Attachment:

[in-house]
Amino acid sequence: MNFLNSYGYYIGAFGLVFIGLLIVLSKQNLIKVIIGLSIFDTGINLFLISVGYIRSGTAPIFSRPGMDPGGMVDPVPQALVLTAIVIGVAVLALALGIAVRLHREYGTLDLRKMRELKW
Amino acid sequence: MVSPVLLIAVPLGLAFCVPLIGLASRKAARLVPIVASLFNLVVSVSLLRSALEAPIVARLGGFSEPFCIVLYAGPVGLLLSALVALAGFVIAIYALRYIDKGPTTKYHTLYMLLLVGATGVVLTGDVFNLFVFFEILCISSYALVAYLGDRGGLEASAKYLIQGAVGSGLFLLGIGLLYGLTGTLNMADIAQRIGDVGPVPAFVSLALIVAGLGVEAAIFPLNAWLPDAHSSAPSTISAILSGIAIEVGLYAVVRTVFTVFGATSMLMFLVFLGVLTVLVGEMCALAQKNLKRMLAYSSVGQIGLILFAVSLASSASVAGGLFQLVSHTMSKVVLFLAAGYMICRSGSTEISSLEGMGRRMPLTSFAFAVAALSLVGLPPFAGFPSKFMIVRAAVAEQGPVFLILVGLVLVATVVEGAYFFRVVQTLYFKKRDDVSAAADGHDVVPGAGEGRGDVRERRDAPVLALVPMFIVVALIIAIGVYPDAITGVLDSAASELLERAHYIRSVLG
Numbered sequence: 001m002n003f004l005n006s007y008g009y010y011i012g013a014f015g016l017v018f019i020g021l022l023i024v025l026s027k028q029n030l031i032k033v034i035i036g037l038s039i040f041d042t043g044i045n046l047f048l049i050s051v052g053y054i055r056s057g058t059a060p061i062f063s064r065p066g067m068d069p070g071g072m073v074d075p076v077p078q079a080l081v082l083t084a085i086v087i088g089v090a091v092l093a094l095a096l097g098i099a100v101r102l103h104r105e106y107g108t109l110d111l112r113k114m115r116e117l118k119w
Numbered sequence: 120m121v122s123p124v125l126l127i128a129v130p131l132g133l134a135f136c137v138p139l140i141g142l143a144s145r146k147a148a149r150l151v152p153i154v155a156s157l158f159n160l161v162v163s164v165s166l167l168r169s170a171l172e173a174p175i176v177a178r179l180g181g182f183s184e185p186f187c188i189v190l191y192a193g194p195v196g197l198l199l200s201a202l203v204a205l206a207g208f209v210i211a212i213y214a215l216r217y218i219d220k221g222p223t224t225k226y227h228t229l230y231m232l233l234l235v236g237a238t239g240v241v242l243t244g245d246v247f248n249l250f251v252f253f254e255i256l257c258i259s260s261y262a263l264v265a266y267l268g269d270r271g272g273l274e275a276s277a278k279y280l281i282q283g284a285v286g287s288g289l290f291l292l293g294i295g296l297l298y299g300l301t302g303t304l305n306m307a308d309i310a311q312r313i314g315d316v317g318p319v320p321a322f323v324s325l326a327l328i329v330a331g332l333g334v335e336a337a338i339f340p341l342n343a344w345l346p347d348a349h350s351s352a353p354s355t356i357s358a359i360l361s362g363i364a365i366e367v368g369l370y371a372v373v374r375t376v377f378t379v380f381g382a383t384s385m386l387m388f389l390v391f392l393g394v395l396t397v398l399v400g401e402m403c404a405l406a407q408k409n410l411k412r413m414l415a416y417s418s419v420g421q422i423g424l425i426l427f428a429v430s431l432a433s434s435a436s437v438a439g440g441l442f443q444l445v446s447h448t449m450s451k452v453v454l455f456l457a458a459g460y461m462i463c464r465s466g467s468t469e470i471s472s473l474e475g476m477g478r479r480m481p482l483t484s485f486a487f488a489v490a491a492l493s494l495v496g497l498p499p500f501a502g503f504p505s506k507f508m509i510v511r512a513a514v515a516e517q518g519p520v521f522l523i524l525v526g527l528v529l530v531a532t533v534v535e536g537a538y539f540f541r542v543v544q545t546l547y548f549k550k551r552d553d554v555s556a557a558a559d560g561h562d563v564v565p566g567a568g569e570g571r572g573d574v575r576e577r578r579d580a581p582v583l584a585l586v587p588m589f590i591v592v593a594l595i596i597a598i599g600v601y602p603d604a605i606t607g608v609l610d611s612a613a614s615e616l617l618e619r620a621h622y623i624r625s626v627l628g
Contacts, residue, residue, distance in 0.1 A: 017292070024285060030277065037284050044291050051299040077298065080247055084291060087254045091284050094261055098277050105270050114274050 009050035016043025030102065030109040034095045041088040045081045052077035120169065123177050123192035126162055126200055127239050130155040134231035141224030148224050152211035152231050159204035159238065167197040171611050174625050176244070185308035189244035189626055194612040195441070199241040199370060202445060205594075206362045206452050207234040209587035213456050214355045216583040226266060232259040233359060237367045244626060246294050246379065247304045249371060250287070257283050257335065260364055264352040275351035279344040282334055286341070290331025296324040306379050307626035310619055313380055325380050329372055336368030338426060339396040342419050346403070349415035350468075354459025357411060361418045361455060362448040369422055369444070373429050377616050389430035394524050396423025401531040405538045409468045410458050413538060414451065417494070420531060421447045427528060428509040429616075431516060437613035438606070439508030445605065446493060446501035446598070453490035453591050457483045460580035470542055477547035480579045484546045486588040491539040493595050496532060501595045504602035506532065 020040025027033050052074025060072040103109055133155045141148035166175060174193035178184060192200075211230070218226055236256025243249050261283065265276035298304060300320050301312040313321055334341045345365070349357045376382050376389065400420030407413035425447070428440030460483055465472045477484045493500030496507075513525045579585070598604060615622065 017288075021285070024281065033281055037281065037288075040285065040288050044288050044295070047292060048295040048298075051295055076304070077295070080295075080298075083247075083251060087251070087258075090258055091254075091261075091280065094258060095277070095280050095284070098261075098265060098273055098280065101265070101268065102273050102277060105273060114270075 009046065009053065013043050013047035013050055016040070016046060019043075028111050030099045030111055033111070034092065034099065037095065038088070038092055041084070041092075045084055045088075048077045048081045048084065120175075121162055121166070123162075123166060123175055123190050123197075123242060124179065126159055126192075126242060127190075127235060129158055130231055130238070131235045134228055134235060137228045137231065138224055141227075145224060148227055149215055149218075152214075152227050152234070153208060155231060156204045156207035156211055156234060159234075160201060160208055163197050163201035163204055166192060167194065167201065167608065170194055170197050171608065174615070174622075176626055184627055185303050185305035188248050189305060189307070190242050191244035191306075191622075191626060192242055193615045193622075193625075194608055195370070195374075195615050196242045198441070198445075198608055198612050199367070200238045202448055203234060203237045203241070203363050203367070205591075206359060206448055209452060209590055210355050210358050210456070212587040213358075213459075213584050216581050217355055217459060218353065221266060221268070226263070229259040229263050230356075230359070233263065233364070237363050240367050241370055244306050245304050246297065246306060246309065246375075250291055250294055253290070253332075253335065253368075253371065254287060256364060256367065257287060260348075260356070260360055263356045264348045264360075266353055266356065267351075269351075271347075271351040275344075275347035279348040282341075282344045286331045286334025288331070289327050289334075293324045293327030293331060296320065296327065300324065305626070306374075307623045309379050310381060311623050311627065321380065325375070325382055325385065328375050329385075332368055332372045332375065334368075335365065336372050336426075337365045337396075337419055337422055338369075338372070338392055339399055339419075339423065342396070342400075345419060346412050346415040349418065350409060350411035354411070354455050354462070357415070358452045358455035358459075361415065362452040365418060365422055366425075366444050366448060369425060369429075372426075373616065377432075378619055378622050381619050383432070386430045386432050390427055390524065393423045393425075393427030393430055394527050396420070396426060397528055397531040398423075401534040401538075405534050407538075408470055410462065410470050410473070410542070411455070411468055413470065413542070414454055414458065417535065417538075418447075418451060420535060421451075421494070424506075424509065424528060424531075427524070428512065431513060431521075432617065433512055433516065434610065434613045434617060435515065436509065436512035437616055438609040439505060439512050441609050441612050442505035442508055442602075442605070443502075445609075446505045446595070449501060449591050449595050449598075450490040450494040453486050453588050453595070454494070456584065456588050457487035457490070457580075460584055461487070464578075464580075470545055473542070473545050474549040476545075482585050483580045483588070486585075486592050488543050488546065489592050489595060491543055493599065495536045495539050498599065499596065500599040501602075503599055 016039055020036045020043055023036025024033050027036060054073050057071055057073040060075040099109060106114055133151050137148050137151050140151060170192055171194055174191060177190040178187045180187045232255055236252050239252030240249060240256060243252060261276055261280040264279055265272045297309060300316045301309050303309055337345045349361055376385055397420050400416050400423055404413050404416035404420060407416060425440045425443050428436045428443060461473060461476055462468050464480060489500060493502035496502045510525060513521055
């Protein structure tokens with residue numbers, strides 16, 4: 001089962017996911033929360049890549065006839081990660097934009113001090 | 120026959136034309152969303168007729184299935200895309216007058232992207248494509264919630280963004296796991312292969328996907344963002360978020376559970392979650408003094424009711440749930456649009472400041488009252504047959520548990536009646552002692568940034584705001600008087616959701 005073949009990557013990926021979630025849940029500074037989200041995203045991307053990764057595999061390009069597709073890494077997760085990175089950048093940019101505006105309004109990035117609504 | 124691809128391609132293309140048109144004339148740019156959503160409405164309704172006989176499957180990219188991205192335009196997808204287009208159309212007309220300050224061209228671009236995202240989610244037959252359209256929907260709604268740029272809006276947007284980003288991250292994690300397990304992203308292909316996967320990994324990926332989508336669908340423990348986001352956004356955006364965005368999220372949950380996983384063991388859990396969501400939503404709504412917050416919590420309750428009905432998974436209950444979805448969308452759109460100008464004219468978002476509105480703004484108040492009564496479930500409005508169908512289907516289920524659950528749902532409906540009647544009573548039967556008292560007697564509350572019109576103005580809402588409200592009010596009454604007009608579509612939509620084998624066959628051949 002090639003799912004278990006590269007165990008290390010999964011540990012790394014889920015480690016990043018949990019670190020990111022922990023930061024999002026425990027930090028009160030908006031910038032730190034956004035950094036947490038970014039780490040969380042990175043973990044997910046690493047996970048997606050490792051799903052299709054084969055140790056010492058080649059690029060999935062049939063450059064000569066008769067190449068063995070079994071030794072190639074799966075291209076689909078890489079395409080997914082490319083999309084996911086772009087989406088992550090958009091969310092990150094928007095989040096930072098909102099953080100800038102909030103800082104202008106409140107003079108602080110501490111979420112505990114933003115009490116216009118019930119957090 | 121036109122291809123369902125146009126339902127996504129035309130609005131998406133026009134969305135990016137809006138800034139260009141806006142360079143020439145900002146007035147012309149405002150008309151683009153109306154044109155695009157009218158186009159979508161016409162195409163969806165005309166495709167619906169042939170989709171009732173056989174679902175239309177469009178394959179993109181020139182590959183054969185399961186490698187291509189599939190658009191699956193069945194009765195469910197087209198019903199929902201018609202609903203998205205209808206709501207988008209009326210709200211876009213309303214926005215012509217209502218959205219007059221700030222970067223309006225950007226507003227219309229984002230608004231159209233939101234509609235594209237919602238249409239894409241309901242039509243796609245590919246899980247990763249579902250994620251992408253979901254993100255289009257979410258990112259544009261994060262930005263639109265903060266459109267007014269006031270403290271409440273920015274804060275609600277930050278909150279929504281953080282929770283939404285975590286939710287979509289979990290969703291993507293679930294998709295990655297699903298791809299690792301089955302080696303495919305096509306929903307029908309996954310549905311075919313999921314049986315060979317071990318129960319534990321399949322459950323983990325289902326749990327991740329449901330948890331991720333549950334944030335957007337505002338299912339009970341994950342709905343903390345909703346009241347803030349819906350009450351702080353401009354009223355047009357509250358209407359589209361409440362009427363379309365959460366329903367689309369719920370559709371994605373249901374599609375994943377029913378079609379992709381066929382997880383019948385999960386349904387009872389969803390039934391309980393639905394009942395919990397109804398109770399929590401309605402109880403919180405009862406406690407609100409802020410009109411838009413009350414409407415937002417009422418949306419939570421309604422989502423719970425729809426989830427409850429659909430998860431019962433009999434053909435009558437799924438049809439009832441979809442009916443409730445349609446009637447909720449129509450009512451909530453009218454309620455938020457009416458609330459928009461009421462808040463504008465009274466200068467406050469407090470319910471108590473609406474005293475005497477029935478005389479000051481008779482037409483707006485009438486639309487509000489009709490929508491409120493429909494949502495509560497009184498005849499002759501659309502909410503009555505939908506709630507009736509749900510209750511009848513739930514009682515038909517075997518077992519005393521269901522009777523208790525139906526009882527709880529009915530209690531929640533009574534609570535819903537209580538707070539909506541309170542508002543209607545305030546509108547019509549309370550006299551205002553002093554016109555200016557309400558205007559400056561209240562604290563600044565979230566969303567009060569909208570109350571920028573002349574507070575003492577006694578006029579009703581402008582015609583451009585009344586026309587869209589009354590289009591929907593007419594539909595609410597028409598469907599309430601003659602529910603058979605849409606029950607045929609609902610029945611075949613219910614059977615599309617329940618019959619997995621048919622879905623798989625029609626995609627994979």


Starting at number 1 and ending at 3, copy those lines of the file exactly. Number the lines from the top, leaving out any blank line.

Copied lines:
[in-house]
Amino acid sequence: MNFLNSYGYYIGAFGLVFIGLLIVLSKQNLIKVIIGLSIFDTGINLFLISVGYIRSGTAPIFSRPGMDPGGMVDPVPQALVLTAIVIGVAVLALALGIAVRLHREYGTLDLRKMRELKW
Amino acid sequence: MVSPVLLIAVPLGLAFCVPLIGLASRKAARLVPIVASLFNLVVSVSLLRSALEAPIVARLGGFSEPFCIVLYAGPVGLLLSALVALAGFVIAIYALRYIDKGPTTKYHTLYMLLLVGATGVVLTGDVFNLFVFFEILCISSYALVAYLGDRGGLEASAKYLIQGAVGSGLFLLGIGLLYGLTGTLNMADIAQRIGDVGPVPAFVSLALIVAGLGVEAAIFPLNAWLPDAHSSAPSTISAILSGIAIEVGLYAVVRTVFTVFGATSMLMFLVFLGVLTVLVGEMCALAQKNLKRMLAYSSVGQIGLILFAVSLASSASVAGGLFQLVSHTMSKVVLFLAAGYMICRSGSTEISSLEGMGRRMPLTSFAFAVAALSLVGLPPFAGFPSKFMIVRAAVAEQGPVFLILVGLVLVATVVEGAYFFRVVQTLYFKKRDDVSAAADGHDVVPGAGEGRGDVRERRDAPVLALVPMFIVVALIIAIGVYPDAITGVLDSAASELLERAHYIRSVLG